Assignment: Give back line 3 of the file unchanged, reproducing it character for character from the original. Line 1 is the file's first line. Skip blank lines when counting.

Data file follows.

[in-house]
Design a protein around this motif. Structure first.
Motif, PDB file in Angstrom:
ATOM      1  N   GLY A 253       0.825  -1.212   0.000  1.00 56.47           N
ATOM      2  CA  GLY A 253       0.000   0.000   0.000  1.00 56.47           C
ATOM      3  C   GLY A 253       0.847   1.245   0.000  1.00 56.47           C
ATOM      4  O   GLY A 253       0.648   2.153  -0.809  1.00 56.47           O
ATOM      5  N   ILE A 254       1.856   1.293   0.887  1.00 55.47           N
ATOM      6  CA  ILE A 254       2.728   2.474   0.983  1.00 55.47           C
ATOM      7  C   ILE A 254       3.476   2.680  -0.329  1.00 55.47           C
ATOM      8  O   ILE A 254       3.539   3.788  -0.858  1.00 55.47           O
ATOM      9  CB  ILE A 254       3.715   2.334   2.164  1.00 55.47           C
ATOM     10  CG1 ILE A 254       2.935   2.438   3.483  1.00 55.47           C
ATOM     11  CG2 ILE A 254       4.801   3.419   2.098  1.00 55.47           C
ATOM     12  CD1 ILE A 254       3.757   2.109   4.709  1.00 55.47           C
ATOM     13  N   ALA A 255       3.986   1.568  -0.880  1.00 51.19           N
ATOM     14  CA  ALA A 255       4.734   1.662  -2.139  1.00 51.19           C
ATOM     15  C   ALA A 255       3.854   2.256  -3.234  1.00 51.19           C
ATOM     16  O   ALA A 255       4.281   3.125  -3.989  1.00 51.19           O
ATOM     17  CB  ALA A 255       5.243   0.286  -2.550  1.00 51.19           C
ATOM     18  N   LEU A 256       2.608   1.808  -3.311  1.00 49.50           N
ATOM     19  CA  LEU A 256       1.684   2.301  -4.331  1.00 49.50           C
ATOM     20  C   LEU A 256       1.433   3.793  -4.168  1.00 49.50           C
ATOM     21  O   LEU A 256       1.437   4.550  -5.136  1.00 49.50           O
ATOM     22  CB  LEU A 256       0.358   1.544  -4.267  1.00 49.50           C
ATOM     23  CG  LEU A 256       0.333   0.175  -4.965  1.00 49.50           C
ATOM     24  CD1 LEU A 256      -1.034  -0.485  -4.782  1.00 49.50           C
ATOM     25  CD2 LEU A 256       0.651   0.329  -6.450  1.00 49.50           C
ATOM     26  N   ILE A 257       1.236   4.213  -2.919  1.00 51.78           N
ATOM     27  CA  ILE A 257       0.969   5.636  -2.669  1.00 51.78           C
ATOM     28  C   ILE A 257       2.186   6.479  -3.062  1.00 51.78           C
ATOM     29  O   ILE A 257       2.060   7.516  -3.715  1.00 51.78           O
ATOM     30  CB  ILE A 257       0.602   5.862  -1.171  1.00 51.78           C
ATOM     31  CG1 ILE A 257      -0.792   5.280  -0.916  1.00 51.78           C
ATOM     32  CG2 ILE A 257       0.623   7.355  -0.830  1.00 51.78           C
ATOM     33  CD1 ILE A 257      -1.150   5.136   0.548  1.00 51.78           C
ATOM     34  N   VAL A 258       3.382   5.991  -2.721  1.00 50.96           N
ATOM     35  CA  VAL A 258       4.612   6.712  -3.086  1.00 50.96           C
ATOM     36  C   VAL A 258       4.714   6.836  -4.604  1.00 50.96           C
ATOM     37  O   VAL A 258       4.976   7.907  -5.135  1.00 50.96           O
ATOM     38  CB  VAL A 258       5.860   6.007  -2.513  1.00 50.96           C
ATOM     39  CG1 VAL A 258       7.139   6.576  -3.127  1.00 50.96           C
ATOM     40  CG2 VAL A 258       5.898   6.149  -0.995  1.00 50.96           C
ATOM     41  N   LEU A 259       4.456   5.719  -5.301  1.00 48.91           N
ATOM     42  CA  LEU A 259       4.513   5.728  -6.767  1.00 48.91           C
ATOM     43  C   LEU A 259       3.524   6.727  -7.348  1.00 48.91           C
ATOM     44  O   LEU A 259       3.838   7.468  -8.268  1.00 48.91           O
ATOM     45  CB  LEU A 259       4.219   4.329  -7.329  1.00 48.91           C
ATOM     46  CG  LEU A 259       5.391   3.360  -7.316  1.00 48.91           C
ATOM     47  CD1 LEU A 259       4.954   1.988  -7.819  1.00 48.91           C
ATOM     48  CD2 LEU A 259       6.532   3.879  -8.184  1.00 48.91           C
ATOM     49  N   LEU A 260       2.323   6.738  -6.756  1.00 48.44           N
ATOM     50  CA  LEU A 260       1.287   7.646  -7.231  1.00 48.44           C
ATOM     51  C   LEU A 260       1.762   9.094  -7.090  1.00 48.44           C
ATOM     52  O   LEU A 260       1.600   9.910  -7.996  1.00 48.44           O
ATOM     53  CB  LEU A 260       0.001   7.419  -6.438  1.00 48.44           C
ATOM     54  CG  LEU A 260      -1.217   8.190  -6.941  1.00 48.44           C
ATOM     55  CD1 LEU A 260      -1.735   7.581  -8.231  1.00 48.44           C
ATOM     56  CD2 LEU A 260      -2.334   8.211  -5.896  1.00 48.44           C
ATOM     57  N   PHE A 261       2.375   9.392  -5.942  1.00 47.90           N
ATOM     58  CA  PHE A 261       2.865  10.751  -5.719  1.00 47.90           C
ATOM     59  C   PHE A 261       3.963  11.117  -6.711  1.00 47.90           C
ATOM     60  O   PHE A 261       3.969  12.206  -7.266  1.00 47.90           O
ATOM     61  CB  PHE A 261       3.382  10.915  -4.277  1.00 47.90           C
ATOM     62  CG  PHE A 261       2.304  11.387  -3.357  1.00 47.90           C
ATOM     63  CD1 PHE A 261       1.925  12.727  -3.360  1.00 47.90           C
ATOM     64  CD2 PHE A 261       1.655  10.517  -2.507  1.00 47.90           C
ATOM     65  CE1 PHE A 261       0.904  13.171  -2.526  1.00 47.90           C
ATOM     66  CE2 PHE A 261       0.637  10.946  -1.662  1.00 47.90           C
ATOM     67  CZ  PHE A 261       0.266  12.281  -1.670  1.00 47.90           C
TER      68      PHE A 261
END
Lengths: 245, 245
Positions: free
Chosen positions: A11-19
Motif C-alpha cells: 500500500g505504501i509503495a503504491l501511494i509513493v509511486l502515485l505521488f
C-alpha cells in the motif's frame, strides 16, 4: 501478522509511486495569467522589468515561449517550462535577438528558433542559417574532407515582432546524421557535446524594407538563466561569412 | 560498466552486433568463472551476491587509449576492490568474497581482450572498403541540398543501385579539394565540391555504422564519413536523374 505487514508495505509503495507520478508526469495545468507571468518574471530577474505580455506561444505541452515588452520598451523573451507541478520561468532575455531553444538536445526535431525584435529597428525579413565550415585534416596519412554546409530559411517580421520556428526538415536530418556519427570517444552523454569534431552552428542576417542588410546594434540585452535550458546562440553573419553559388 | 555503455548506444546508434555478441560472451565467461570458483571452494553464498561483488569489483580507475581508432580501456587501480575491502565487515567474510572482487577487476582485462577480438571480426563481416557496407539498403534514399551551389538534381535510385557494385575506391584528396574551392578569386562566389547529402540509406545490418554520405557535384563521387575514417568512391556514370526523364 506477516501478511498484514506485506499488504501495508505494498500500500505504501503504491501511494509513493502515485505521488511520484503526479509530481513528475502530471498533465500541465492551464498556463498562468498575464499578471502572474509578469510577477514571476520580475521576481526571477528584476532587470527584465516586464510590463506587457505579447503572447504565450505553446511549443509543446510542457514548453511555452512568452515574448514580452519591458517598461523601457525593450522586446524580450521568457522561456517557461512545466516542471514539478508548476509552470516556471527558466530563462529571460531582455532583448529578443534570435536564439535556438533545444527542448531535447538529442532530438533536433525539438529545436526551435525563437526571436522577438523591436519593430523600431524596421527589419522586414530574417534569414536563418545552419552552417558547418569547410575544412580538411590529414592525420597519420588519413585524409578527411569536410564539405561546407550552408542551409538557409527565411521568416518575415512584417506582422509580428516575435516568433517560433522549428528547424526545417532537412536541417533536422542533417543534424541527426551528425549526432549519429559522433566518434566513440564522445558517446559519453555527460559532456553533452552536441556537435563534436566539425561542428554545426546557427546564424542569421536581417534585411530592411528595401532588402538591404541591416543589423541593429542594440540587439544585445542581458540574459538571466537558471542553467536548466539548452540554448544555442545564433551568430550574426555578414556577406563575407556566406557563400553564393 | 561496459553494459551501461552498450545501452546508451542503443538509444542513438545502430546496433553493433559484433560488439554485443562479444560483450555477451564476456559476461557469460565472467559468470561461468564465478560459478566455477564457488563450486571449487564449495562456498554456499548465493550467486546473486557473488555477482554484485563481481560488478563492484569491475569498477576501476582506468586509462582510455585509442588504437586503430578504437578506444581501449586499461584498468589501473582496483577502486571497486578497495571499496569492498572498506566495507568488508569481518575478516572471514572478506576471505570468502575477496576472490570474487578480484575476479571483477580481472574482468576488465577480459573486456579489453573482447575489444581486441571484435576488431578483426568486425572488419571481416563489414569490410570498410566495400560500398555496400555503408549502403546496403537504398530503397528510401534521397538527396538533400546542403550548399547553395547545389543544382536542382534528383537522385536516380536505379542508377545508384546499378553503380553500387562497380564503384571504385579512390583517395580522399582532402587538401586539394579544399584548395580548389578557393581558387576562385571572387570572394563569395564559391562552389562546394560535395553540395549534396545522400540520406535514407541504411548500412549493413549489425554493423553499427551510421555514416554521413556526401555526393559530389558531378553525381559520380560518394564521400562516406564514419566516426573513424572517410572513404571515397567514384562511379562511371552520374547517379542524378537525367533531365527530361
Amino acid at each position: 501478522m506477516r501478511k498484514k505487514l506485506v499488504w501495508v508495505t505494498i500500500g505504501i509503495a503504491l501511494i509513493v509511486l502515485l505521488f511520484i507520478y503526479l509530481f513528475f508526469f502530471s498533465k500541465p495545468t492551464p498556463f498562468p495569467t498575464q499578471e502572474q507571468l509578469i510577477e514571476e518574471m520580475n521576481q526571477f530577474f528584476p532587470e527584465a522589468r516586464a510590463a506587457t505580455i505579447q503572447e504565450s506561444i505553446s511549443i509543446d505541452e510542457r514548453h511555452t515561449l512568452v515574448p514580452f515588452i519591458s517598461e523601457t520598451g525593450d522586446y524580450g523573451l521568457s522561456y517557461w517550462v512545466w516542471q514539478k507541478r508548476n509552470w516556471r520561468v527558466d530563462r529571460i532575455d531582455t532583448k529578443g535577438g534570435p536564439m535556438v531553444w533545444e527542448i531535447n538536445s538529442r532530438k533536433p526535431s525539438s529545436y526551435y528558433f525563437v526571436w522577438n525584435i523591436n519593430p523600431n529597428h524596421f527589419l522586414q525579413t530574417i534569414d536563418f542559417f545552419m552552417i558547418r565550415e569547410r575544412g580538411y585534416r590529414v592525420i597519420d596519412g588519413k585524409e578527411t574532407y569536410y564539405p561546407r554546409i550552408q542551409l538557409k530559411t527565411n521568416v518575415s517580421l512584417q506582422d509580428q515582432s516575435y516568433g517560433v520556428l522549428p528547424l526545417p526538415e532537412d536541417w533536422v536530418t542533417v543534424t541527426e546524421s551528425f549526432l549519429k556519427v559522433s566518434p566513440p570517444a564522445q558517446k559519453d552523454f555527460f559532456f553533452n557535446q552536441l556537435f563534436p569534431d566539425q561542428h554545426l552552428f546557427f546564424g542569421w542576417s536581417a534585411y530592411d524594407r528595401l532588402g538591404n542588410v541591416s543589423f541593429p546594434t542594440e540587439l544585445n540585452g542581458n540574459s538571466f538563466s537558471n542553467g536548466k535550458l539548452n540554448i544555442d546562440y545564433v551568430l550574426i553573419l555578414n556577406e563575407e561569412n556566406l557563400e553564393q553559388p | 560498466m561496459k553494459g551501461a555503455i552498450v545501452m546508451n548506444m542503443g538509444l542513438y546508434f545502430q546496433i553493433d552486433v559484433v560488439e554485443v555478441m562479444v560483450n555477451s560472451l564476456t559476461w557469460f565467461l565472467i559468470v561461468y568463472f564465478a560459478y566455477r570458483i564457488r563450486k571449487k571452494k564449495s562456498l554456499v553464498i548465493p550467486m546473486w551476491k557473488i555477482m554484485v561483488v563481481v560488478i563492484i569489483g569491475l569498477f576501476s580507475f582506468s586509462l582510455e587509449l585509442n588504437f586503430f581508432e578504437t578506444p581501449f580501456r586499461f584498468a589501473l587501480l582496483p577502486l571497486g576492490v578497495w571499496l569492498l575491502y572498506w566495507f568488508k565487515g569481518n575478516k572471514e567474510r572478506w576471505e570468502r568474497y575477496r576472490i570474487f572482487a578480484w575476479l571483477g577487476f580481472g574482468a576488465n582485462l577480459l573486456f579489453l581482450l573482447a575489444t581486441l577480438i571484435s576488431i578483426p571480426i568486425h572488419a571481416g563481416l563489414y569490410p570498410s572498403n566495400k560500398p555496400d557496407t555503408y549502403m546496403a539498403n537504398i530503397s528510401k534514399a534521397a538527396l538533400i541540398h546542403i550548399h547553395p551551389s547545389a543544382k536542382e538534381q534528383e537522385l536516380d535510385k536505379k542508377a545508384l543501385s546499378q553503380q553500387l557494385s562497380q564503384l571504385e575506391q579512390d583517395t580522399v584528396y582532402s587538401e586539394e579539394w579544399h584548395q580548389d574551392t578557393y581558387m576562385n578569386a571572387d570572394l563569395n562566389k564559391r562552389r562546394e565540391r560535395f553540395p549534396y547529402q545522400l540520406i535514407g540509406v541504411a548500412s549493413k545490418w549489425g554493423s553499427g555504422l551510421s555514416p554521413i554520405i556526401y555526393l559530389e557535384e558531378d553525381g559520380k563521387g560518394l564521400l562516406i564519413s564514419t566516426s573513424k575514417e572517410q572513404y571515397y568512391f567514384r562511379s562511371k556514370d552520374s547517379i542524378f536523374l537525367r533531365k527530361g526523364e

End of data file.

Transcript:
Motif, PDB file in Angstrom: